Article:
What is the definitive/official situation regarding native development/JNI?

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fructose

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Feb 4, 2009, 3:18:53 PM2/4/09
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I would like to know what the definitive, hopefully official,
situation regarding native development.

Whenever anybody posts a question regarding native development the
stock answer that is given is "There is no support for native
development".

I simply want to know the answers to:
1) If I want to write/port a C/C++ application engine and write a Java
App that accesses it, how can this be achieved?


2) If this is not possible, will it be possible in the future? If so
when?


3) Is this is not possible, is it only not possible for 3rd party
developers? If I am a hugh corporation, suppose I'm SAP or Oracle, or
a major international games developer and have multi-million selling
products in C/C++ that I wish to port to Android, are Google going to
tell me sorry its not possibe? Are they really going to say that? If
not then who do you talk to in order to open doors?

David Turner

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Feb 5, 2009, 3:39:41 PM2/5/09
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On Wed, Feb 4, 2009 at 9:18 PM, fructose <david_p...@hotmail.com> wrote:

I would like to know what the definitive, hopefully official,
situation regarding native development.

that's easy, writing third-party apps containing native code is *officially* *not* *supported*.
Which is our way to say that if you do it, don't be surprised if your app breaks due to system
changes or have weird support issues.

(Note that this is different if you are directly poking at the framework code to prepare a new
Android-based system/product).
 

Whenever anybody posts a question regarding native development the
stock answer that is given is "There is no support for native
development".

I simply want to know the answers to:
1) If I want to write/port a C/C++ application engine and write a Java
App that accesses it, how can this be achieved?

this is possible through clever hacks that won't be described here because these apps
are very likely to break in one of the next release of the platform.



2) If this is not possible, will it be possible in the future? If so
when?

We are preparing a Native Development Kit that will allow you to embed native libraries in your
application that your Java app will call through JNI. However there is a catch: the set of system
interfaces your C/C++ code will be able to call will be very strictly limited (e.g. libc + libm + jni.h)

Any attempt to call one of the system libraries like Skia, Webcore and other will fall under the
*unsupported* case and *will* break in future releases of the system.

The set of supported NDK native interfaces might gorw a little to include stuff like OpenGL in
the more distant future, but will always remain very limited by design. That should be enough
for many games and signal-processing apps.



3) Is this is not possible, is it only not possible for 3rd party
developers? If I am a hugh corporation, suppose I'm SAP or Oracle, or
a major international games developer and have multi-million selling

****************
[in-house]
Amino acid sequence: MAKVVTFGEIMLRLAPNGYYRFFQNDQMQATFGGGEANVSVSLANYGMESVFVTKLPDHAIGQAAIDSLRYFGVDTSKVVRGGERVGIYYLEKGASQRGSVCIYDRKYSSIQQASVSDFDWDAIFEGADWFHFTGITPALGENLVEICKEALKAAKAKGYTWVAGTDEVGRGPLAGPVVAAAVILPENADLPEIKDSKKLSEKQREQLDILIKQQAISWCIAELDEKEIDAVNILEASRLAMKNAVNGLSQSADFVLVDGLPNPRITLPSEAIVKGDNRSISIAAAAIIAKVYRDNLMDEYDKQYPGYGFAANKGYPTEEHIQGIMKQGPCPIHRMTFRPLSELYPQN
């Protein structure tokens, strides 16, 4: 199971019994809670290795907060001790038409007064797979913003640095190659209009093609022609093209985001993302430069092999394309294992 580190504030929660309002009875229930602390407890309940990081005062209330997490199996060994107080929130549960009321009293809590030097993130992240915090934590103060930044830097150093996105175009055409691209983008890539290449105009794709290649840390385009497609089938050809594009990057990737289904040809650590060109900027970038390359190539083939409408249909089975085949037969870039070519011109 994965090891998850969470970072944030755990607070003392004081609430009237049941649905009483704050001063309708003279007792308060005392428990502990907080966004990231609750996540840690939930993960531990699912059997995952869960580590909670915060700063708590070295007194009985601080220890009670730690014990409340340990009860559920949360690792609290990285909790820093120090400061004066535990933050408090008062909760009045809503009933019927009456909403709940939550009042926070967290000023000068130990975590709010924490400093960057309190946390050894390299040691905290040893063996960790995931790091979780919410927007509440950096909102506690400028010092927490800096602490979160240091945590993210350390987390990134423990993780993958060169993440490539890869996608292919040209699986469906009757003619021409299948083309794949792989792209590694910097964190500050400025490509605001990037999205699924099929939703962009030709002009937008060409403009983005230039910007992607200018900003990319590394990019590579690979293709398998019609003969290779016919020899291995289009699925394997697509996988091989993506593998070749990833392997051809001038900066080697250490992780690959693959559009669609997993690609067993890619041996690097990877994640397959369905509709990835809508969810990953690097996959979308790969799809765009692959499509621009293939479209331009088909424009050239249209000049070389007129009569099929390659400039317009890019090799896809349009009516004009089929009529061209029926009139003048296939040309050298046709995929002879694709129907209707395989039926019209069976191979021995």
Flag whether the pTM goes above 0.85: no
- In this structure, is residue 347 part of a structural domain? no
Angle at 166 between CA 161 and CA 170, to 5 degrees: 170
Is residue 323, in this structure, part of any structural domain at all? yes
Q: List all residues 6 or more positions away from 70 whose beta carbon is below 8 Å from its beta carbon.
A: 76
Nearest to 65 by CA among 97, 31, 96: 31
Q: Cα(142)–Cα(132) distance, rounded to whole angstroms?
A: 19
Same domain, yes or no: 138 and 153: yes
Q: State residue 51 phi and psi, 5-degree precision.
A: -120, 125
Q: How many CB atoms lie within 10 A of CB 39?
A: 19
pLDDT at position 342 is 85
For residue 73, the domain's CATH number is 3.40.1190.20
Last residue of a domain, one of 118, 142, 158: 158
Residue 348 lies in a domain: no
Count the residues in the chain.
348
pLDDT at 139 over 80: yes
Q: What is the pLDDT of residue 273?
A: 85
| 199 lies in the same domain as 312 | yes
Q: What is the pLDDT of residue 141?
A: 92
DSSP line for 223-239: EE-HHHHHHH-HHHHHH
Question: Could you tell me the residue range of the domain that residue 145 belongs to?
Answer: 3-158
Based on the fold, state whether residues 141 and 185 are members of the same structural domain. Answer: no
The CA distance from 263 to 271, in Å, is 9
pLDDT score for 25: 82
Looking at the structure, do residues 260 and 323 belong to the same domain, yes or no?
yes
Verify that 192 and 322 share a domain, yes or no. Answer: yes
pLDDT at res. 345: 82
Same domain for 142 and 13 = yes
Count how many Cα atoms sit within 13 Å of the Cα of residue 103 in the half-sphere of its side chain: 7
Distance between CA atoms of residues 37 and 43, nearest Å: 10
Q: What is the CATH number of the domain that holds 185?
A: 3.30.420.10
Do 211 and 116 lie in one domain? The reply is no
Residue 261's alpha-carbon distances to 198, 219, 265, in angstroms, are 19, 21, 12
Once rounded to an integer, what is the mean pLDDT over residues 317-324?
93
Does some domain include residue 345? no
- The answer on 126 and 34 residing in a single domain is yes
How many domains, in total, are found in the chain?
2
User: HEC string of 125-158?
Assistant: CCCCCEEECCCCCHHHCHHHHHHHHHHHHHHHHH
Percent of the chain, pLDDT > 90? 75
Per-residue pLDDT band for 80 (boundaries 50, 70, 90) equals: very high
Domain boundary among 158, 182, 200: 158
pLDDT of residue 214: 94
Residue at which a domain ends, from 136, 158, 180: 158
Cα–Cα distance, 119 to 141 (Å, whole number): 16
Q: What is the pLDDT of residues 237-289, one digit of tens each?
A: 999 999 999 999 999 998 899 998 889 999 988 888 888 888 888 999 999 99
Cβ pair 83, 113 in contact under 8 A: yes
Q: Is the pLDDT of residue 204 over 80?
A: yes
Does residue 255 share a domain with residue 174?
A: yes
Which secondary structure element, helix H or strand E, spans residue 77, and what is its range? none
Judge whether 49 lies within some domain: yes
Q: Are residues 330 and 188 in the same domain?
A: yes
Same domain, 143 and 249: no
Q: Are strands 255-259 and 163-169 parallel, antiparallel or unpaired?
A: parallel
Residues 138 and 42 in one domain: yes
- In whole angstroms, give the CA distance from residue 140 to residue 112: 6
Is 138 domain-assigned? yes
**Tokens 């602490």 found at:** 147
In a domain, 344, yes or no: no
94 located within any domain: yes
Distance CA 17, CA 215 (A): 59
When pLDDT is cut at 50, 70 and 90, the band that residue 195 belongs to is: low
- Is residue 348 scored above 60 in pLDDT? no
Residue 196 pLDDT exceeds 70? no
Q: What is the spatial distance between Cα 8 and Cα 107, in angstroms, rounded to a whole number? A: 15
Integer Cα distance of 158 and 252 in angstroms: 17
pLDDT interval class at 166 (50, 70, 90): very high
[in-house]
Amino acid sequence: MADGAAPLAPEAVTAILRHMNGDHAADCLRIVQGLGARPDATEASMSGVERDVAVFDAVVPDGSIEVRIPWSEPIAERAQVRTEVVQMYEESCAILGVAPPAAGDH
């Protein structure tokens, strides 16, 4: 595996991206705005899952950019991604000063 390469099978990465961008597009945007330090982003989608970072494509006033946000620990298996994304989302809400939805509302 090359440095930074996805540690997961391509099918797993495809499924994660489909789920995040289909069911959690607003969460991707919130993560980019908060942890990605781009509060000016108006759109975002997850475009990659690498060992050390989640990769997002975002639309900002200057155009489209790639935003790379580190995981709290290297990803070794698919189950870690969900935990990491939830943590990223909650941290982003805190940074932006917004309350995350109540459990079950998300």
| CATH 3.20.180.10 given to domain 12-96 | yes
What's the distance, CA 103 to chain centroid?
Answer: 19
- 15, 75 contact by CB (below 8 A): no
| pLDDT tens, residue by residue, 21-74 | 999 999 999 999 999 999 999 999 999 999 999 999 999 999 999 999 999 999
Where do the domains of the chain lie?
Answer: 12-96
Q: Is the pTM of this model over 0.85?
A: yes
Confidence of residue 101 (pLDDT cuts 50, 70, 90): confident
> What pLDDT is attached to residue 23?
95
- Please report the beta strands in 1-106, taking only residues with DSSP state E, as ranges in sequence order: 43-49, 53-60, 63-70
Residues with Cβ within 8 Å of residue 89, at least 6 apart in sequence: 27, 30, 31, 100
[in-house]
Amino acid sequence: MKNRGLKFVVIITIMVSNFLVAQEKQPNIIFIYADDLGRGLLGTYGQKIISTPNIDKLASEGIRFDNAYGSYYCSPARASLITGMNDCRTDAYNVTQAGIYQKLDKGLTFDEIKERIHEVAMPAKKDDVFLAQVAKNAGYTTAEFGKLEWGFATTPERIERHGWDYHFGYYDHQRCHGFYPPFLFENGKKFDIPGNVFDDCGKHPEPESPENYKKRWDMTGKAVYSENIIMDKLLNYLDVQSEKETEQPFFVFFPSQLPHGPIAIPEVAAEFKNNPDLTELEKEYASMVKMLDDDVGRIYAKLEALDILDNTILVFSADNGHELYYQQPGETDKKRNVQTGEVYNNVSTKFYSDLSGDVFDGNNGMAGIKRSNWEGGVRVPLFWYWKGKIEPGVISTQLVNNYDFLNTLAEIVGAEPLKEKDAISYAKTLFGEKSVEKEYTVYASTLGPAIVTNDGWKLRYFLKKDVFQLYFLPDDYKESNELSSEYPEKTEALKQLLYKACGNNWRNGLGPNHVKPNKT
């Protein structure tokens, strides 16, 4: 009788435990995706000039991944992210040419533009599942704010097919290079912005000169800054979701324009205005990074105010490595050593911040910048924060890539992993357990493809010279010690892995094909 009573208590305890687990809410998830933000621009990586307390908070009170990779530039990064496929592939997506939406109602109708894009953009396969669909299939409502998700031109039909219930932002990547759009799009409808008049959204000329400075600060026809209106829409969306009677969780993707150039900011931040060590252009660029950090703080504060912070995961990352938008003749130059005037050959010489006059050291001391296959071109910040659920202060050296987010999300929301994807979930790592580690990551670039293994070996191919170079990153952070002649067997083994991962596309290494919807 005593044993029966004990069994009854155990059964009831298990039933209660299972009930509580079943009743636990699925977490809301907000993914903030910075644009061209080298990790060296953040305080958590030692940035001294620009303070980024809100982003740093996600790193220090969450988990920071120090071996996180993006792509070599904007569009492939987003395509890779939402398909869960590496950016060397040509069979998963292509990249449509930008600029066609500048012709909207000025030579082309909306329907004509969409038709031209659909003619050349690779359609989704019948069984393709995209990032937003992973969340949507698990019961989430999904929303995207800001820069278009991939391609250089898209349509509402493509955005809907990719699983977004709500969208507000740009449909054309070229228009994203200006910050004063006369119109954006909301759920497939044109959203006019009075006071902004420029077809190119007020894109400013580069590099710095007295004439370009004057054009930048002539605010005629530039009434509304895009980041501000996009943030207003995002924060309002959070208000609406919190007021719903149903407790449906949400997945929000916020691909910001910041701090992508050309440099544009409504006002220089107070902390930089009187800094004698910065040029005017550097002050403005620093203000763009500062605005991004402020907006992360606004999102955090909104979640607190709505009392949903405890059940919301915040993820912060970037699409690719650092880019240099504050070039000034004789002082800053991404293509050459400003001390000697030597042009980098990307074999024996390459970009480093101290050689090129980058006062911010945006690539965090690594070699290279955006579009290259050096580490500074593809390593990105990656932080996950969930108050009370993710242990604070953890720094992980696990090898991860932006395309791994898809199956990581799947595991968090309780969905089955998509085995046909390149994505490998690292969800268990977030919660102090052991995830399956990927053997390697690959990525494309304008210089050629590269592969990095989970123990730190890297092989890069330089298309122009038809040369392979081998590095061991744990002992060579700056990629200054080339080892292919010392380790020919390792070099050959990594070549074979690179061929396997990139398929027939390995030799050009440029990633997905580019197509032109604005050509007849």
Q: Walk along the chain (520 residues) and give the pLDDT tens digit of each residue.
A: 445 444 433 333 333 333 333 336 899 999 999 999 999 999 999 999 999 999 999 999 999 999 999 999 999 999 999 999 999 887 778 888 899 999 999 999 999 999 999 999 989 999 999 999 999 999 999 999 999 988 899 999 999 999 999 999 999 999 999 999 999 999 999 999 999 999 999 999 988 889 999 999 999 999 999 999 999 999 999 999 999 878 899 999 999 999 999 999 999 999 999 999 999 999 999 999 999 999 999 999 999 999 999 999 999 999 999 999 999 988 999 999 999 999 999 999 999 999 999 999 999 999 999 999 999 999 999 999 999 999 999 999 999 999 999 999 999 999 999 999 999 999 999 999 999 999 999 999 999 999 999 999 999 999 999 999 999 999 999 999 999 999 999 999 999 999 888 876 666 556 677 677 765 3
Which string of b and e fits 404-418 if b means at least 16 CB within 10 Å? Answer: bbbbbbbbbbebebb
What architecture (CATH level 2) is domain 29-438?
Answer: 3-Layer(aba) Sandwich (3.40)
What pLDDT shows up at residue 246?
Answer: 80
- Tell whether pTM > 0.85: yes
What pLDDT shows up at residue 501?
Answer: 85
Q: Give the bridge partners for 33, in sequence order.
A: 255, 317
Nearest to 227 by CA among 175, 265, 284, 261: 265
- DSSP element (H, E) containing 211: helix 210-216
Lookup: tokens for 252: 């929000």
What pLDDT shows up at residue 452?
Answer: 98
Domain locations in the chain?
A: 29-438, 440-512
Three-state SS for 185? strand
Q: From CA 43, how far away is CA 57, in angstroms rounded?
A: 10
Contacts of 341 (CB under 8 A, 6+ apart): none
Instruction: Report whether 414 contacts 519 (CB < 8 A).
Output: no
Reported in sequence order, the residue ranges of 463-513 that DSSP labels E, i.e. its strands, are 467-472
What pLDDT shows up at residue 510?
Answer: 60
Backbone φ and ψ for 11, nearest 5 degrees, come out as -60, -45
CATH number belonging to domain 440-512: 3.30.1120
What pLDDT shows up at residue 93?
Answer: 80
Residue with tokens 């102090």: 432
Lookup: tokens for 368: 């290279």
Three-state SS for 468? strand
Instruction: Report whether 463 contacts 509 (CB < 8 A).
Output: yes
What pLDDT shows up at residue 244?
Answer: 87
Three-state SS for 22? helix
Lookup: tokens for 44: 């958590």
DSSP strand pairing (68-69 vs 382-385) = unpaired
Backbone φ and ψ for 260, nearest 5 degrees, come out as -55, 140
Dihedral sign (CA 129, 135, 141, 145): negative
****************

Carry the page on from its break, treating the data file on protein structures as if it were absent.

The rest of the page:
products in C/C++ that I wish to port to Android, are Google going to
tell me sorry its not possibe? Are they really going to say that? If
not then who do you talk to in order to open doors?

If you are a large corporation, just use the Android sources to build your own system
and distribute them to your employees and/or customers. Of course you'll also do al
the support. However, your native apps will probably not run properly on other
Android-based systems.
 



fadden

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Feb 5, 2009, 3:48:58 PM2/5/09
to Android Discuss
On Feb 4, 12:18 pm, fructose <david_prest...@hotmail.com> wrote:
> I would like to know what the definitive, hopefully official,
> situation regarding native development.

I can't speak definitively or officially, but I can make some
observations.

> 1) If I want to write/port a C/C++ application engine and write a Java
> App that accesses it, how can this be achieved?

Well, you can do it like this person did:

http://code.google.com/p/mandelbrot/

There are some pages on the web that explain various bits and pieces.

This is not a supported mode of development, which really just means
that whatever you do is very likely to break the next time the system
is updated. The changes required to make your stuff work again might
be minor or might require a redesign. If you really want to go this
route, there are no mechanisms in place to stop you.

> 2) If this is not possible, will it be possible in the future? If so
> when?

Native development will be supported in the future. No details or
schedule have been announced.

> 3) Is this is not possible, is it only not possible for 3rd party
> developers? If I am a hugh corporation, suppose I'm SAP or Oracle, or
> a major international games developer and have multi-million selling
> products in C/C++ that I wish to port to Android, are Google going to
> tell me sorry its not possibe? Are they really going to say that? If
> not then who do you talk to in order to open doors?

Large companies and individual developers all have access to the same
source code in the git repository. There is no secret installer or
hidden build system.

We are, at this time, recommending that you don't do native code
development. It would be inconsistent and counter-productive to say
that and then spent lots of time explaining how to go about it.
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